A spinal subdural or epidural hematoma is an accumulation of blood in the subdural or epidural space that can mechanically compress the spinal cord. Diagnosis is by MRI or, if not immediately available, by CT myelography.
What does a spinal hematoma feel like?
A spinal hematoma is a collection of blood that compresses the spinal cord and nerve roots. Significant compression of the spinal cord can result in irreversible neurologic damage. Symptoms may include pain, weakness, numbness, difficulty walking, loss of bowel and/or bladder control, or paralysis.
How do you know if you have an epidural hematoma?
Headache (severe) Head injury or trauma followed by loss of consciousness, a period of alertness, then rapid deterioration back to unconsciousness. Nausea or vomiting. Weakness in part of the body, usually on the opposite side from the side with the enlarged pupil.
How do they test for epidural hematoma?
How is an epidural hematoma diagnosed?
- neurological tests.
- computed tomography (CT) scans or magnetic resonance imaging (MRI) to examine your skull and the soft tissue in your brain.
- electroencephalogram (EEG) to assess your brain’s electrical activity.
How serious is a spinal hematoma?
Typically, the hematoma is asymptomatic, but in rare cases it will compress the spinal cord, with potentially devastating neurological consequences. These symptoms include sensory disruption, bowel and bladder incontinence, motor weakness, or, in severe cases, complete paralysis of the affected limbs.
How long does it take for a spinal hematoma to reabsorb?
A hematoma is not a bruise. Depending on the cause, it can take anywhere from 1 to 4 weeks for a hematoma to go away.
What are signs of a hematoma?
Pain, swelling, redness, and disfiguring bruises are common symptoms of hematoma in general. Some symptoms specific to the location of a hematoma are: Subdural hematoma symptoms: headache, neurologic problems (weakness on one side, difficulty speaking, falling), confusion, seizures.
Do all epidural hematomas need surgery?
Not all cases of acute EDH require immediate surgical evacuation. If a lesion is small and the patient is in good neurological condition, observing the patient with frequent neurological examinations is reasonable.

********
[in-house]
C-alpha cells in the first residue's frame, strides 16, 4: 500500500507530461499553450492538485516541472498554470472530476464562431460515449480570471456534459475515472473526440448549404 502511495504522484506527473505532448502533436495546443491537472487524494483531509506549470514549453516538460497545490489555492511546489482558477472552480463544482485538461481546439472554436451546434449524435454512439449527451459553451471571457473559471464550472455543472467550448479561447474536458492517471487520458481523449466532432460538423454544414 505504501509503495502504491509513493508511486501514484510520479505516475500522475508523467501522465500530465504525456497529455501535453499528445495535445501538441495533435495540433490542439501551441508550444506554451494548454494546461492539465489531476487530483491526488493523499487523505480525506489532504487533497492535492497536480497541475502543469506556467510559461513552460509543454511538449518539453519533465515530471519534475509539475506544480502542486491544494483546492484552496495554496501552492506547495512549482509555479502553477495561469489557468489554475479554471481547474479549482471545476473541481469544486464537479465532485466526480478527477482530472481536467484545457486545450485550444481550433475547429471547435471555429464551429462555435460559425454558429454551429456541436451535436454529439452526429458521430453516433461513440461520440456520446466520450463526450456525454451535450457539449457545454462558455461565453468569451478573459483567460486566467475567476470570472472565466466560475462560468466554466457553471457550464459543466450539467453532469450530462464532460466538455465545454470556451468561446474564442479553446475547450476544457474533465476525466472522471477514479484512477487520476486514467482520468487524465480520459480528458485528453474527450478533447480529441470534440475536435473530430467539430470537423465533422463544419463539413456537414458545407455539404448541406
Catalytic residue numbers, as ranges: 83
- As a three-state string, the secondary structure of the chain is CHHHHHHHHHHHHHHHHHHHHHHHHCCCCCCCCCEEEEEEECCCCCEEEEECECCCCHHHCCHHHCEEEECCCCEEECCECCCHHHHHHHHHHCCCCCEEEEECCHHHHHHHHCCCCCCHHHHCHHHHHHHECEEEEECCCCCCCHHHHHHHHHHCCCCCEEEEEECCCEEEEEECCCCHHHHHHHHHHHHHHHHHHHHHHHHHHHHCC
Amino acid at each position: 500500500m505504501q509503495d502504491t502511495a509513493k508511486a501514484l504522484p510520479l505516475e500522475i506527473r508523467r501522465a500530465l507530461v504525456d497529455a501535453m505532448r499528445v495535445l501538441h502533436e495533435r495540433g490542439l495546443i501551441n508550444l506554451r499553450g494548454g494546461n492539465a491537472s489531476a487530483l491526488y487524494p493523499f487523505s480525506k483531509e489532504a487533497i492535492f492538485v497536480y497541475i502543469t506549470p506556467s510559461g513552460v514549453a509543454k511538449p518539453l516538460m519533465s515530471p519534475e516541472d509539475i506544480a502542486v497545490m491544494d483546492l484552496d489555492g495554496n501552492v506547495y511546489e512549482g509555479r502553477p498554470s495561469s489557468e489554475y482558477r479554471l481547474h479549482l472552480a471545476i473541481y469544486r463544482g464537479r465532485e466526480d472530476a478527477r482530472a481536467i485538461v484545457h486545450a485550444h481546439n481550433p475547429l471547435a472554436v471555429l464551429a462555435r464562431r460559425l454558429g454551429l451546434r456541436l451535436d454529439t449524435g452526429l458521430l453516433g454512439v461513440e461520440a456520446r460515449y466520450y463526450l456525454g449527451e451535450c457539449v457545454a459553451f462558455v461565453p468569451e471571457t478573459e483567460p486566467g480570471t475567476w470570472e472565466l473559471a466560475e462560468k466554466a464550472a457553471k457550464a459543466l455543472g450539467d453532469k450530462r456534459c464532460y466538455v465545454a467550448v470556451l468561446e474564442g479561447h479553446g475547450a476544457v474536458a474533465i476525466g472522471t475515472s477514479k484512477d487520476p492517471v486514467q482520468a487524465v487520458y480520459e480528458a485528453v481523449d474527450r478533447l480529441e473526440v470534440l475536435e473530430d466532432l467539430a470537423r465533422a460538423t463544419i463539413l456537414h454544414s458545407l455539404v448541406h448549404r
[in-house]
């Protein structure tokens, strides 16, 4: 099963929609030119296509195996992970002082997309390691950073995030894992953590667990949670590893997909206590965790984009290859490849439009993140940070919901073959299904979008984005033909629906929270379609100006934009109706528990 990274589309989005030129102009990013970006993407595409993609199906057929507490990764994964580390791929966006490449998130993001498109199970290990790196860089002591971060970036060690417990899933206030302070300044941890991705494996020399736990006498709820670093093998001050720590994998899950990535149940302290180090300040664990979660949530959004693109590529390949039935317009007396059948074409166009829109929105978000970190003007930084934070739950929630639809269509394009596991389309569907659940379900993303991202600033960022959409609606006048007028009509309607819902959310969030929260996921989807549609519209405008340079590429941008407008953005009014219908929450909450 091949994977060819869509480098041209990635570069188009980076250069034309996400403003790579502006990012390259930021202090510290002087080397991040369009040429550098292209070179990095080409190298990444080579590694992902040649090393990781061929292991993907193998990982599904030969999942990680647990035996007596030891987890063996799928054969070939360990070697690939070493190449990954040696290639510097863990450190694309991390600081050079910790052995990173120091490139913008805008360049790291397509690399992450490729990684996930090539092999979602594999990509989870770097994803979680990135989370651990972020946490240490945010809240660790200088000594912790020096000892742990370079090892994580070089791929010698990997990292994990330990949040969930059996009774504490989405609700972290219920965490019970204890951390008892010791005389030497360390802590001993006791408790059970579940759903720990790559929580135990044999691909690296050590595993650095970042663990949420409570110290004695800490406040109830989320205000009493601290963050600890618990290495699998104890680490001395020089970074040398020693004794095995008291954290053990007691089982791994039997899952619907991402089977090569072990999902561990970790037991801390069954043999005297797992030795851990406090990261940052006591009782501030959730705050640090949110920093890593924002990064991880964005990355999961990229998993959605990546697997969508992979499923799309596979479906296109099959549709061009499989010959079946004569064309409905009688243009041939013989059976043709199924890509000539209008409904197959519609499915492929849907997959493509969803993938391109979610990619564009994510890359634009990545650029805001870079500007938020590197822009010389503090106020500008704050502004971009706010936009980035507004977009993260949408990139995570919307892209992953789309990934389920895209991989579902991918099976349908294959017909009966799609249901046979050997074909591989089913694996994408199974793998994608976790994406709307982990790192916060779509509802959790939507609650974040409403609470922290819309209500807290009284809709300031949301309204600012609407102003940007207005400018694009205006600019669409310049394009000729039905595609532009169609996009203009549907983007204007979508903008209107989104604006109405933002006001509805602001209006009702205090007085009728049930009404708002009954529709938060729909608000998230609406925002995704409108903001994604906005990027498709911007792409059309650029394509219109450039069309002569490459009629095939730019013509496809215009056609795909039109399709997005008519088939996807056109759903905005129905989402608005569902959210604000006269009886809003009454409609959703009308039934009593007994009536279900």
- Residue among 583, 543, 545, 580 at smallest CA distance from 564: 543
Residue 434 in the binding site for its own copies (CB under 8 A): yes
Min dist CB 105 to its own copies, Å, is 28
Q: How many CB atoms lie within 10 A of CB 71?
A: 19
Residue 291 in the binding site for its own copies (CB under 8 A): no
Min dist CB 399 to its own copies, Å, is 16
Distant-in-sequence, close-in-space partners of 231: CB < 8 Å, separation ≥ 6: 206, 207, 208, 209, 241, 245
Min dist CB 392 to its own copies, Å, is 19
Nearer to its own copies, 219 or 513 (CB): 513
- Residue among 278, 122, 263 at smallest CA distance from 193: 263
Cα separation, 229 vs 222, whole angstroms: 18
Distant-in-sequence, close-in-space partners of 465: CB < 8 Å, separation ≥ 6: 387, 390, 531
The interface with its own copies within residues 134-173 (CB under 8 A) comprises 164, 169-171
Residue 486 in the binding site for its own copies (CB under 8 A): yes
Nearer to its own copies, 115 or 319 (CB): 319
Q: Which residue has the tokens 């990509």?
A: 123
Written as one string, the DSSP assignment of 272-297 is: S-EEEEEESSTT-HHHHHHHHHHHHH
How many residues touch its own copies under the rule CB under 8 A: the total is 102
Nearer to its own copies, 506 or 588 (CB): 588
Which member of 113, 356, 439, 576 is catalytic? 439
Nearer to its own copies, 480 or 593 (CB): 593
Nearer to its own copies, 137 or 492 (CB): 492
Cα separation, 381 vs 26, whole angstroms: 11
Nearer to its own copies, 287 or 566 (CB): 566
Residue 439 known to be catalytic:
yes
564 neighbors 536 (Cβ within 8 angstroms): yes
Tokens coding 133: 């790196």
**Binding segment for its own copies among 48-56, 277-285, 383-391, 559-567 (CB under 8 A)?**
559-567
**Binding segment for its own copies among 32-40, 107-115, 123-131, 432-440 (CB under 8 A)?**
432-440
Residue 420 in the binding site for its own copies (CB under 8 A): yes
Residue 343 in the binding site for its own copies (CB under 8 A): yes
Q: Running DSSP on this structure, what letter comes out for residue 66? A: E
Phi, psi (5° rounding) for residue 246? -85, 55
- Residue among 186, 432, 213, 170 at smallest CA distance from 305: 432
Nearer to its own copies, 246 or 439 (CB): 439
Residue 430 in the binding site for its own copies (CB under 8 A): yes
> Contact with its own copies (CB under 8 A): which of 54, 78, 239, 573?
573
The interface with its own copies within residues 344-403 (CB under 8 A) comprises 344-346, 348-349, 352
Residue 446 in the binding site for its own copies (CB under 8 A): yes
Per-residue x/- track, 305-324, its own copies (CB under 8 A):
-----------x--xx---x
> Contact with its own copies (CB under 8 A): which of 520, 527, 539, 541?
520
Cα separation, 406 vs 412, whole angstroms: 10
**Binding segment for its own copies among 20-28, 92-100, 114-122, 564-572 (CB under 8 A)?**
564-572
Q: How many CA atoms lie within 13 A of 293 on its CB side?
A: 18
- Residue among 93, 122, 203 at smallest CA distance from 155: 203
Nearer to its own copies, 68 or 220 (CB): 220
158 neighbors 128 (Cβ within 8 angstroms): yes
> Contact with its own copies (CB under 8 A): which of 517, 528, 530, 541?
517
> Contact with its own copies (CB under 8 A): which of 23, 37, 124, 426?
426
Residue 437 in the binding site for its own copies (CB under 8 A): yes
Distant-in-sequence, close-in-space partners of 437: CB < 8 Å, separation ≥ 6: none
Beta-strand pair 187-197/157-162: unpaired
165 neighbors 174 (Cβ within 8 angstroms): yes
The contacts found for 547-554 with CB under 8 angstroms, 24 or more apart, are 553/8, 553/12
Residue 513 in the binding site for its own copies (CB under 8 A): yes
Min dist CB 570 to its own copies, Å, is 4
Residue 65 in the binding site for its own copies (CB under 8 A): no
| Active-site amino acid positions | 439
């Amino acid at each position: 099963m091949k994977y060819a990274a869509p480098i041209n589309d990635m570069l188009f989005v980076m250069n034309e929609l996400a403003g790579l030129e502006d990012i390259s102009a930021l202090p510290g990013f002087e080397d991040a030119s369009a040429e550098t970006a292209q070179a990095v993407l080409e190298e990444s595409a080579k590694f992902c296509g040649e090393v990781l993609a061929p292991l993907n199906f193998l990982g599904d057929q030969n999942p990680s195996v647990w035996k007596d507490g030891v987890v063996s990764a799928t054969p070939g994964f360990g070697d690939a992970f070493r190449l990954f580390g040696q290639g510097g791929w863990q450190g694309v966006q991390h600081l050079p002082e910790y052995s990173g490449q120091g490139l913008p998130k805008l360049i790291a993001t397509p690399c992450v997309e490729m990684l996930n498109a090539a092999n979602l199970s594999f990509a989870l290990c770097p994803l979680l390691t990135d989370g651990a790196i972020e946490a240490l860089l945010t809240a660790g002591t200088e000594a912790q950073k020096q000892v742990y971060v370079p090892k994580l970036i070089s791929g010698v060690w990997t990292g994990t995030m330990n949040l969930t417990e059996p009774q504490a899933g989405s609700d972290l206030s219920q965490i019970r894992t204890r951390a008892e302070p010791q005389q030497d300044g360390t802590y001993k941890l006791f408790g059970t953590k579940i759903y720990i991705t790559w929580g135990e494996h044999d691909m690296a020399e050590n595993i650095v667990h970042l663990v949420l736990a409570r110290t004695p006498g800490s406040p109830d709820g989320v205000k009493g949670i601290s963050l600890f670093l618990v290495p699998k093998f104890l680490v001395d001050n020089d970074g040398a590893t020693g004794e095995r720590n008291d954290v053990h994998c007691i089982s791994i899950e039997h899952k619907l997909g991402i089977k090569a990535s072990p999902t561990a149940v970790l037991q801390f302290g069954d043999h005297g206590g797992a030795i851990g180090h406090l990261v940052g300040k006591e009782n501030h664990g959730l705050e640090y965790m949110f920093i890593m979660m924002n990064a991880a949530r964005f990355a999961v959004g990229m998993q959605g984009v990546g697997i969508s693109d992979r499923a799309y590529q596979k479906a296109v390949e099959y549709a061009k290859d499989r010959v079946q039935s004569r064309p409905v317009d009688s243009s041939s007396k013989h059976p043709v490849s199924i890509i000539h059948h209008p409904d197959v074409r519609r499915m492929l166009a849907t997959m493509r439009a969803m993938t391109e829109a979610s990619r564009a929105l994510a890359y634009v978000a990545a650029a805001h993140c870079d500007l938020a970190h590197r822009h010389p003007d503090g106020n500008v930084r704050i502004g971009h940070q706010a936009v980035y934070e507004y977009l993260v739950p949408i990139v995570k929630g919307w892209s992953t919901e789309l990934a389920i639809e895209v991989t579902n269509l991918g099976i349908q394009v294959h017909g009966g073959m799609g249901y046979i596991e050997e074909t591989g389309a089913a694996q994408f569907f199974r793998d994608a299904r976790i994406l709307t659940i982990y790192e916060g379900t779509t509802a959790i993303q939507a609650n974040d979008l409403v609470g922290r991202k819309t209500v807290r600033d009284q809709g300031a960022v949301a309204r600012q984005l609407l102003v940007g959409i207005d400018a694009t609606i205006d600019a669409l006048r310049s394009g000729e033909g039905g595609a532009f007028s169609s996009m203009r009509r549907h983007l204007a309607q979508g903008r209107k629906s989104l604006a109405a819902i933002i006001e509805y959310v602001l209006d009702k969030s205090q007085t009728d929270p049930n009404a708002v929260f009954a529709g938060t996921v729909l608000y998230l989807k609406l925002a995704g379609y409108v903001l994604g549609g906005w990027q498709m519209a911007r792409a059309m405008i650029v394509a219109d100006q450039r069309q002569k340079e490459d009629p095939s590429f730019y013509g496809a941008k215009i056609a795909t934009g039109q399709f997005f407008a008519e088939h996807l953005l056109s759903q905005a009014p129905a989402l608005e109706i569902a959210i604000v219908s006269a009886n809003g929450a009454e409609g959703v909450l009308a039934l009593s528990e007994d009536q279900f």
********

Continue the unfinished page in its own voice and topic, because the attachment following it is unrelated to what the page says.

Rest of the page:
How common are epidural hematomas?
Epidural hematoma complicates 2% of cases of head trauma (approximately 40,000 cases per year). Spinal epidural hematoma affects 1 per 1,000,000 people annually. Alcohol and other forms of intoxication have been associated with a higher incidence of epidural hematoma. The incidence has remained stable over many years.
Where is the epidural hematoma located?
An epidural hematoma (EDH) occurs when blood accumulates between the skull and the dura mater, the thick membrane covering the brain. They typically occur when a skull fracture tears an underlying blood vessel. EDHs are about half as common as a subdural hematomas and usually occur in young adults.
Who is at risk for epidural hematoma?
Increased age, history of GI bleeding, aspirin use during anticoagulation, length of therapy, female gender, and intensity of anticoagulant effect (ie INR 2-3 less likely to cause major bleeding than INR >4)are all known risk factors for bleeding during anticoagulation and also increase the risk of an epidural hematoma …
When does a hematoma need to be drained?
Sometimes, a hematoma may require surgical drainage. Surgery may be more likely if the blood is putting pressure on the spinal cord, brain, or other organs. In other cases, doctors may want to drain a hematoma that is at risk of infection.
Can a hematoma be permanent?
If a clot from a hematoma reenters the bloodstream, it can block an artery, cutting off blood flow to part of the body. Without prompt treatment, this can result in permanent tissue damage.
Can a spinal tap cause a hematoma?
Spinal hematomas are usually treated conservatively unless patients present with neurological compromise. One cause for spinal hematoma is lumbar puncture (LP), which often goes without close follow up unless the patient reports issues.